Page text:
Water Sector Resilience through Adaptive Systems Planning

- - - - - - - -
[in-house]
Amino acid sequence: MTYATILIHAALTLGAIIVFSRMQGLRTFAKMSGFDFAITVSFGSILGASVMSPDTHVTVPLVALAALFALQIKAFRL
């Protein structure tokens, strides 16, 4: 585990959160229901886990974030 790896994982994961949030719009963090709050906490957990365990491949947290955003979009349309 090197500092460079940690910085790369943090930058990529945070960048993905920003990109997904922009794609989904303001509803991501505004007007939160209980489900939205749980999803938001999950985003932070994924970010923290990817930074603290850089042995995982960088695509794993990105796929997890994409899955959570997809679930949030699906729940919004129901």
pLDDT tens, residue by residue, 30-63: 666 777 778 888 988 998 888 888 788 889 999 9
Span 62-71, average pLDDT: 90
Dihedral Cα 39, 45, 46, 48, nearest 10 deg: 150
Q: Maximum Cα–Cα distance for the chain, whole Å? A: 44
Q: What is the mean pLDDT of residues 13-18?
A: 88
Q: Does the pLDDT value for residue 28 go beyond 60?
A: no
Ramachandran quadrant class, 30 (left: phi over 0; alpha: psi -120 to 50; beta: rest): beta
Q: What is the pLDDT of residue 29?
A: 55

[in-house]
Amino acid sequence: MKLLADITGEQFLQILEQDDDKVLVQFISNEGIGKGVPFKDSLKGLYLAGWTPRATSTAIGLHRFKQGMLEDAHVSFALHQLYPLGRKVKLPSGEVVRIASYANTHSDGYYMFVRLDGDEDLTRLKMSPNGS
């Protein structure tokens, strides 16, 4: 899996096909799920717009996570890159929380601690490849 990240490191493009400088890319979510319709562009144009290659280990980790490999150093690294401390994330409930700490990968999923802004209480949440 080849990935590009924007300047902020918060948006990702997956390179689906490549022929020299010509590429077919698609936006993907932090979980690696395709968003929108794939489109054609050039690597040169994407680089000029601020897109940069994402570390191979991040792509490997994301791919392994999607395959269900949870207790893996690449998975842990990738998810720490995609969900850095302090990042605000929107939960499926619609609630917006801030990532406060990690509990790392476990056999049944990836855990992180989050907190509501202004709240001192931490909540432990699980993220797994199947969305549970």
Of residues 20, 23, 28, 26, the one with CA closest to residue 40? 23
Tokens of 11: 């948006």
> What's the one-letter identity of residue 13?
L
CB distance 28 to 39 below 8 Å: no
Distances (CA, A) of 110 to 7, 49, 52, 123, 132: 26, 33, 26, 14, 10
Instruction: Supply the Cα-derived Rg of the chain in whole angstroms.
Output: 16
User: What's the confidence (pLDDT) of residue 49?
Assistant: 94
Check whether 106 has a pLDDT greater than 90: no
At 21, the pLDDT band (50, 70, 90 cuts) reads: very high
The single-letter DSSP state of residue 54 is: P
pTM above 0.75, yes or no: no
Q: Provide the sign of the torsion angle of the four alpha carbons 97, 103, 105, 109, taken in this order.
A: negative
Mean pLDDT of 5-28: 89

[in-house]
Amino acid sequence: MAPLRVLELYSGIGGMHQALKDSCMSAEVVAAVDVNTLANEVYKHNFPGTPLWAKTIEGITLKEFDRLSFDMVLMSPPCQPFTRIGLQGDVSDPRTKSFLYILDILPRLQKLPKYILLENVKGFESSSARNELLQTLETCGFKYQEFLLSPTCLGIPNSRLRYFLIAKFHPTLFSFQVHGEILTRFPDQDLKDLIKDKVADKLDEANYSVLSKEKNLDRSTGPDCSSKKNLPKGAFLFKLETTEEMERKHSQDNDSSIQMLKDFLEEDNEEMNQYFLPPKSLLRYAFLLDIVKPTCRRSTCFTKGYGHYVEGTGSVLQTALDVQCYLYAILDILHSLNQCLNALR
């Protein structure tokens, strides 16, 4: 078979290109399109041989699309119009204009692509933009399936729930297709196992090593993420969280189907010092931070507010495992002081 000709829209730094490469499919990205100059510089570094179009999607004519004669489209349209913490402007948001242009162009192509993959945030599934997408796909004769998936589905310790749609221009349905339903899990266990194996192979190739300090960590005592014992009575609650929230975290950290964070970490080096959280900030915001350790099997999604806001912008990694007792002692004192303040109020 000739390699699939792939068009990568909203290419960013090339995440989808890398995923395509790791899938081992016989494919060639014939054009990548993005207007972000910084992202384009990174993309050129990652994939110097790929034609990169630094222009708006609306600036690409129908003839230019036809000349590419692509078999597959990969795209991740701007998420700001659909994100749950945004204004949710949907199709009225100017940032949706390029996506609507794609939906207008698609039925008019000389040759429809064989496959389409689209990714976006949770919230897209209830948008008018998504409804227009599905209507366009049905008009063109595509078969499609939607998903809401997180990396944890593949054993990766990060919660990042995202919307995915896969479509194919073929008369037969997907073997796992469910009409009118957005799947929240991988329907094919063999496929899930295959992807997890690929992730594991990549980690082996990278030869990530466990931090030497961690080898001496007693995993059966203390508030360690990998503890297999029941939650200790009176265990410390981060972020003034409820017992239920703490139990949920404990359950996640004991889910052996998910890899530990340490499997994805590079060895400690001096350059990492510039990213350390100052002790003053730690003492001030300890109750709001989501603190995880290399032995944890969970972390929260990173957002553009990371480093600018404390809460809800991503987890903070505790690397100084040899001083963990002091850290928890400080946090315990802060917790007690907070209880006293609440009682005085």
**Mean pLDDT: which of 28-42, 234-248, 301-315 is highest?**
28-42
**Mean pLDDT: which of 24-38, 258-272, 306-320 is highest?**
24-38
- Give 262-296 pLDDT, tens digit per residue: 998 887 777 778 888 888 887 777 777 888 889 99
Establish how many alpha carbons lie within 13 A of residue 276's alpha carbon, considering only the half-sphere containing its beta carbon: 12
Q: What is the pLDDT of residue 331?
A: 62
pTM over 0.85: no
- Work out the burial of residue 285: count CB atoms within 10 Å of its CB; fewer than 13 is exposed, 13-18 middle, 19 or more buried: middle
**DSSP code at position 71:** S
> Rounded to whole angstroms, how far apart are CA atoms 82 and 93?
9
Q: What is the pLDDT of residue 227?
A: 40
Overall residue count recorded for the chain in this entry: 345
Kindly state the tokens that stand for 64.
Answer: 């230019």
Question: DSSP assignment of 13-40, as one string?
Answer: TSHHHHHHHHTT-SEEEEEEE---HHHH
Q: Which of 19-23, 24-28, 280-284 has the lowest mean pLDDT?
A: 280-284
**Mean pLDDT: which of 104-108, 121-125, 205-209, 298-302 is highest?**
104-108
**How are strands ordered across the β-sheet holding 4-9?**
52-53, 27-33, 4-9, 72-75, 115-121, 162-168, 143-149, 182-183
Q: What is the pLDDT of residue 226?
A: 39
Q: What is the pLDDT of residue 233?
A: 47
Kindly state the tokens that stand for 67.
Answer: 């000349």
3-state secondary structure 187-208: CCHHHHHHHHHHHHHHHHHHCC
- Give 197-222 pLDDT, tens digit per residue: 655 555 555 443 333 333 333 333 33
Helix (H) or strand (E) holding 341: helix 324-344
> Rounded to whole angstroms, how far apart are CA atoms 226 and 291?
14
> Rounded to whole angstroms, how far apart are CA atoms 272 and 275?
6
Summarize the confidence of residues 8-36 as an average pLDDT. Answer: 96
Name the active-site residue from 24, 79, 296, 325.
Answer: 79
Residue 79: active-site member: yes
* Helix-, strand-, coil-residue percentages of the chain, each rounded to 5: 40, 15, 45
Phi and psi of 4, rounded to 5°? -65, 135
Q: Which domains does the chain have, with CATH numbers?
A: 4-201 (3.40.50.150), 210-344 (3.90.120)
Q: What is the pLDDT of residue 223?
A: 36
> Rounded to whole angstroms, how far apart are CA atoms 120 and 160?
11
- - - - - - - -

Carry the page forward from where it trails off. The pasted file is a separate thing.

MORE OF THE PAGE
Long-term Adaptive Planning is a relatively new approach cited by Ofwat, Central Government and other water industry regulators as a means by which organisations can deliver more resilient services. Systems Thinking is recognised by academics as a valid approach to dealing with the Volatile, Uncertain, Complex and Ambiguous (VUCA) world we find ourselves living in. Today, a key challenge for many organisations is the creation of new digitally enabled capabilities, integrated within core business processes and operating models, enabling more effective and confident planning and decision making within a VUCA world. Water companies need to fully understand and embrace all relevant aspects, relationships, constraints, interdependencies and trade-offs which characterise the environment and system of assets they use to deliver water and wastewater services. But to be truly effective in the long term, they need to forecast how these characteristics are likely to change within an evolving and dynamic context. In other words, in order to reflect and cope with a VUCA context, the planning capability needs to be both systemic and adaptive. Our CASE partner, Business Modelling Associates UK Ltd. (BMA), provide digital representations of complex systems known as Advanced Digital Business Twins (ADBTs). These ADBTs are deployed in a variety of industrial sectors to support planners and decision makers. Clients use ADBTs to run a range of complex scenarios which will inform their ongoing strategy development & delivery. The solve & cycle times for these cloud-based solutions are now such that rapid, multiple scenario analysis is possible, enabling the prospect of a new organisational capability: Adaptive Systems Planning (ASP). By considering two longer-term global water sector challenges, this research seeks to inform how ASP could be deployed and enabled through all potential tools which could enable this capability, providing a means of establishing a best practice approach. We therefore propose development of best practice in ASP capabilities to inform a roadmap to meet the multiple challenges faced by the global water sector. To enable the evolution and validation of such an approach, special focus will be applied to the following water challenges: • a zero-carbon footprint source-to-tap water system, considering both operational and embedded carbon and enabling a hydrogen economy, • a carbon-neutral market for bio-resources. The project(s) will include a review of the role that technology plays in enabling an ASP capability to be developed within a water utility. It may also be relevant to relate specific insights derived from the water sector to broader questions such as: • How does distributed decision making deal with uncertainty in the case of long-term planning? • How does technology affect organisational ability to effectively respond to uncertainty? • How has information technology helped and/or hindered organisational capability to build resilient long-term plans under extreme uncertainty? • What role does information technology play in an organisations ability to effectively adapt to extreme uncertainty? Objective/Project 1: A zero-carbon footprint source-to-tap water system How to: • Ensure the long-term availability of NetZero potable water, particularly for water stressed areas whilst providing sufficient potable water to enable the development of a hydrogen economy. • Provide an ongoing & iterative assessment of existing & future renewable or low-energy water treatment & transfer options, providing rapid business case evaluation within an existing programme. • Evaluate water recycling opportunities, including the linkage of water & wastewater processes. • Balance nature-based solutions against traditional capex solutions whilst assessing the associated operational & embedded carbon implications. • Understand & explore the true systemic benefit of leakage & PCC reduction, including the application of new technology (leakage detection, leak repair, water saving devices & campaigns). • Explore, evaluate & test future incentive mechanisms & frameworks. • Quantify the systemic risk & benefit of potential inter-company water trading opportunities. • Explore future network design & configuration possibilities, identifying & exploiting existing headroom, redundancy & hidden potential. • Promote the integrated management of all raw water abstraction (i.e. across all industrial uses) e.g. balance the timing of abstraction with the benefit of current & future storage options, across multiple sectors, to minimise environmental impact. • Assess the systemic impact of agricultural & upland catchment management practices on water quality & the consequential impact on the unit cost to supply potable water. Objective/Project 2: A carbon-neutral market for bio-resources How to: • Ensure the long-term availability of NetZero wastewater treatment & sludge management. • Rapidly assess the viability of existing & future renewable/low-energy treatment & transfer options, including different options for low-carbon logistics, localised gas-to-grid, decarbonised grid etc. • Balance nature-based solutions against traditional capex solutions whilst assessing the associated operational & embedded carbon implications. • Identify & quantify the true benefit of potential inter-company wastewater sludge trading opportunities, accurately reflecting the changing impact on unit-rates & gate fees for different processing options. • Explore future network design & configuration possibilities, understanding & exploiting existing headroom & redundancy. • Promote integrated management of sludge treatment across existing & future technologies, particularly with regards to co-digestion opportunities & the impact of de-regulation. • Explore the systemic impact of other opportunities such as nutrient recovery, alternative disposal routes and risk factors such as seasonality and severe weather events. The above list of considerations, which are likely to affect ‘the challenge’ now and into the future, are not exhaustive and simply provide examples of the type of constraints and contextual changes that will affect the asset systems and their financial, operational, service and environmental risk and performance. Within any ASP approach, they are the types of characteristics that would need to be taken into consideration in a holistic and integrated way. It is expected that a value framework (e.g. Six-Capitals) and environmental social & governance (ESG) reporting will be used to define the desired long-term outcomes of the asset systems.